July 14 (UPI) — An increase of dry winds on Wednesday could bring more trouble for crews fighting wildfires in the Western United States, where more than 60 are still burning across several states.
Gusts of up to 35 mph, soaring temperatures near 105 degrees Fahrenheit and relative humidity falling to 7% are forecast for the Pacific Northwest.
More than 16,000 firefighters in Northern California, Oregon, Washington and Idaho are on the front lines, fighting to control the flames.
“More than one million acres have burned in 68 large fires and complexes across 12 states.” the National Interagency Fire Center said Wednesday.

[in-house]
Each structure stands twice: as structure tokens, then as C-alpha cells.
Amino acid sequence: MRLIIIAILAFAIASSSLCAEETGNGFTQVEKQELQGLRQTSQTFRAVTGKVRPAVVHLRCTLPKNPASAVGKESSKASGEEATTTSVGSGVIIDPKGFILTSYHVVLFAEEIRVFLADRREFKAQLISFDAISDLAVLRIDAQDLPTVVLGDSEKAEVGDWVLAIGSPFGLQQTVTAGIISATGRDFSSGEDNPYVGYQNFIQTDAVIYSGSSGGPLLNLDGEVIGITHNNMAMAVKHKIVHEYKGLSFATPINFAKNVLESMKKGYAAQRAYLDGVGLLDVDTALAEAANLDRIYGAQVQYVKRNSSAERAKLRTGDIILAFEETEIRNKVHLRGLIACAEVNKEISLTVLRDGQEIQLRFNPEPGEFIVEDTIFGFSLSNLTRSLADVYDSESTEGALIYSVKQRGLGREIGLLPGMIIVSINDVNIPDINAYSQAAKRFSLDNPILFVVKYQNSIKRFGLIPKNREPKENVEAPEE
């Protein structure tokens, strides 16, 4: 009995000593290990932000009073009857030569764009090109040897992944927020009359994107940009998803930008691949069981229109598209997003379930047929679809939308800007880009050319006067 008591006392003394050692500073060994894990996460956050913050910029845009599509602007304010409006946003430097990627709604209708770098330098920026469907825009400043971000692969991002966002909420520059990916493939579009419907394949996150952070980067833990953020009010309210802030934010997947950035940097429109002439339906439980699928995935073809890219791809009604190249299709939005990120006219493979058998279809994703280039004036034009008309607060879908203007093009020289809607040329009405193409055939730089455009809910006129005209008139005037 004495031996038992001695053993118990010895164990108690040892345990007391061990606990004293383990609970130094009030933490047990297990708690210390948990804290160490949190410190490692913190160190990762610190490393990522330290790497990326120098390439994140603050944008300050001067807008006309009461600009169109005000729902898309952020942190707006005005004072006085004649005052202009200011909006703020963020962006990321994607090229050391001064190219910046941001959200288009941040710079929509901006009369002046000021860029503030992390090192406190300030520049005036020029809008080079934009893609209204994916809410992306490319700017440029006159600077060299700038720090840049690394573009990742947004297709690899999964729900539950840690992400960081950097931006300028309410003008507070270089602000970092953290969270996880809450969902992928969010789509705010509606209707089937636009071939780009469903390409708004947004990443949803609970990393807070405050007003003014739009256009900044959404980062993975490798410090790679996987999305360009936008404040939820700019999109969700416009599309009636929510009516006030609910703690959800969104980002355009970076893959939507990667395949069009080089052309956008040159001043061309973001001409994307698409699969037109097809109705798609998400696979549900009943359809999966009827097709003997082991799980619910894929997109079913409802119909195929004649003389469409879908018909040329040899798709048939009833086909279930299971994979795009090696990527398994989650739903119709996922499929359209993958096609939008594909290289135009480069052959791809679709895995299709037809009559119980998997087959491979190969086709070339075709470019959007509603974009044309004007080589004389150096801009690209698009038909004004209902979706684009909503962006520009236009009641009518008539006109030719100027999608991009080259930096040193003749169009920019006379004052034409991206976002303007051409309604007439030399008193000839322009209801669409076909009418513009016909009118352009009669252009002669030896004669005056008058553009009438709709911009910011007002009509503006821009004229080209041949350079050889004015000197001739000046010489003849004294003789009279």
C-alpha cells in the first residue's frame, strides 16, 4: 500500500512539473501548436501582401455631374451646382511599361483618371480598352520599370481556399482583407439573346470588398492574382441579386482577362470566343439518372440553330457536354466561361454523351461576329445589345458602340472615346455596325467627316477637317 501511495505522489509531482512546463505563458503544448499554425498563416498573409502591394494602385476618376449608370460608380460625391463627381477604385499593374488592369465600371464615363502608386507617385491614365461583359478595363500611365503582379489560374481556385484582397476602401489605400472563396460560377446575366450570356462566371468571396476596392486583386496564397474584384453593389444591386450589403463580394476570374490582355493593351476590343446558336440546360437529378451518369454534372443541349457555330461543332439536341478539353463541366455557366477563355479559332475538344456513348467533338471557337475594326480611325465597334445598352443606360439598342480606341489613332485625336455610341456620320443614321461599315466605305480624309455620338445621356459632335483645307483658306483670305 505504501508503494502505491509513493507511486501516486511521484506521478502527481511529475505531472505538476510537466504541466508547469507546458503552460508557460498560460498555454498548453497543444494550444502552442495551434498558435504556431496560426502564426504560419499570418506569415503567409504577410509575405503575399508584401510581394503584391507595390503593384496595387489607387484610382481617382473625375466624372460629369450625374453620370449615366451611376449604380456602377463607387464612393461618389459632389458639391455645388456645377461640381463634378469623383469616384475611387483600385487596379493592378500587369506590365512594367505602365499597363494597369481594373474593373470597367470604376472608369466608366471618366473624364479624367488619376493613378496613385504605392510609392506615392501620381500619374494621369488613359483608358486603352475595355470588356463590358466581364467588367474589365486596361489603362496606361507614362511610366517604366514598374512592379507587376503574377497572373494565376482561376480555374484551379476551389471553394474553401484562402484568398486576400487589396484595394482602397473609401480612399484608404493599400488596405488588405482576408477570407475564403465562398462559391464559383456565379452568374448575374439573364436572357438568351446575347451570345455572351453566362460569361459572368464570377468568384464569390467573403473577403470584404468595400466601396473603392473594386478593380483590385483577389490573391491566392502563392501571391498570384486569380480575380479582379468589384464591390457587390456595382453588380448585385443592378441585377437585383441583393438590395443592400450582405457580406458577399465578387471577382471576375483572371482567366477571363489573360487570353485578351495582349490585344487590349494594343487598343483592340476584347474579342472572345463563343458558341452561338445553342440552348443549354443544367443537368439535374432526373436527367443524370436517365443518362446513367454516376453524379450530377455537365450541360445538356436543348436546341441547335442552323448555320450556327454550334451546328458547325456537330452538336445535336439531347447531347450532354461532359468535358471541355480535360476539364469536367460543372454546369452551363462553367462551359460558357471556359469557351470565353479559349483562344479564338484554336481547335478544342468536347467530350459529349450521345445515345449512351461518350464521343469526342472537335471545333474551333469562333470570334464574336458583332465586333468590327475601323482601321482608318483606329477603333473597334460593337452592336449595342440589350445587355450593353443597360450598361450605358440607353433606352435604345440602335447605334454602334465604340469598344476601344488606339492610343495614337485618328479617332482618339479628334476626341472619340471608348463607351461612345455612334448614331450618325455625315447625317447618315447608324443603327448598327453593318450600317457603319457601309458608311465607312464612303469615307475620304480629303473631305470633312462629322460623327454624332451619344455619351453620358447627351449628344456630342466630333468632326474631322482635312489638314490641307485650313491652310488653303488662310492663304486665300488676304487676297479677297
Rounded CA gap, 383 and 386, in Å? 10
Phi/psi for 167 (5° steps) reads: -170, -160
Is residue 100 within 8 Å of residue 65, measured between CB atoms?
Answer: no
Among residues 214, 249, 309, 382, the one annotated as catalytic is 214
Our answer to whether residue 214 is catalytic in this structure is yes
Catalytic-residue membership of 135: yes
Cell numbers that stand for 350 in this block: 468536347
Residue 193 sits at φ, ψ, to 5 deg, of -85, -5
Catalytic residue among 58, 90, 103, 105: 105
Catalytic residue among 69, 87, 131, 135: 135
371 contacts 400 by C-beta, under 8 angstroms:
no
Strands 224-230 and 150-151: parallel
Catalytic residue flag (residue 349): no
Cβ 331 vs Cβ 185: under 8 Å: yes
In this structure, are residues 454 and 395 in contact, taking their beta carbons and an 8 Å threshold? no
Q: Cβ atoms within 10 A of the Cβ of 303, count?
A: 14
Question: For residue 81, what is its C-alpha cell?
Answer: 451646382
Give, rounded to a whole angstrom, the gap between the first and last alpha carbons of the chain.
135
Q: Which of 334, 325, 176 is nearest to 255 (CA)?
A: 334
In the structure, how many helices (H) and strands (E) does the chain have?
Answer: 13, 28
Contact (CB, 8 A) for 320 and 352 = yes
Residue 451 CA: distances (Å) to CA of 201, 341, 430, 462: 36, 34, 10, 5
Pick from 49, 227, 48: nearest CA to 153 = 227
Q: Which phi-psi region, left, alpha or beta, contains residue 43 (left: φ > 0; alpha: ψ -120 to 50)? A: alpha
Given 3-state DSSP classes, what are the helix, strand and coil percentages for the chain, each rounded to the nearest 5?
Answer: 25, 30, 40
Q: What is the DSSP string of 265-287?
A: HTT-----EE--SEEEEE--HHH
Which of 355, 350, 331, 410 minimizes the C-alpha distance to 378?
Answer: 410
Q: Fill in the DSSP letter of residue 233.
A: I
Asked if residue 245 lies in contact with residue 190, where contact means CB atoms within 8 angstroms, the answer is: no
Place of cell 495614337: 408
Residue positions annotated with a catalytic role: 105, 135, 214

The largest blaze in the United States is the Bootleg Fire in Oregon, which has so far blackened more than 200,000 acres. The fire has destroyed more than 50 structures and almost two dozen homes.
Residents in at least one town in Washington state have evacuated and Madera County, Calif., has declared a state of emergency as a result of the River Fire, which has burned 9,500 acres — and is less than 20% contained.
Air quality alerts have been issued from Colorado to Minnesota as smoke from the fires has swept across the region
Drought conditions have contributed to the spread of the fires, spurred by record-breaking heat in recent weeks.
On Monday, the National Weather Service in Seattle reported the fourth consecutive week without measurable rain.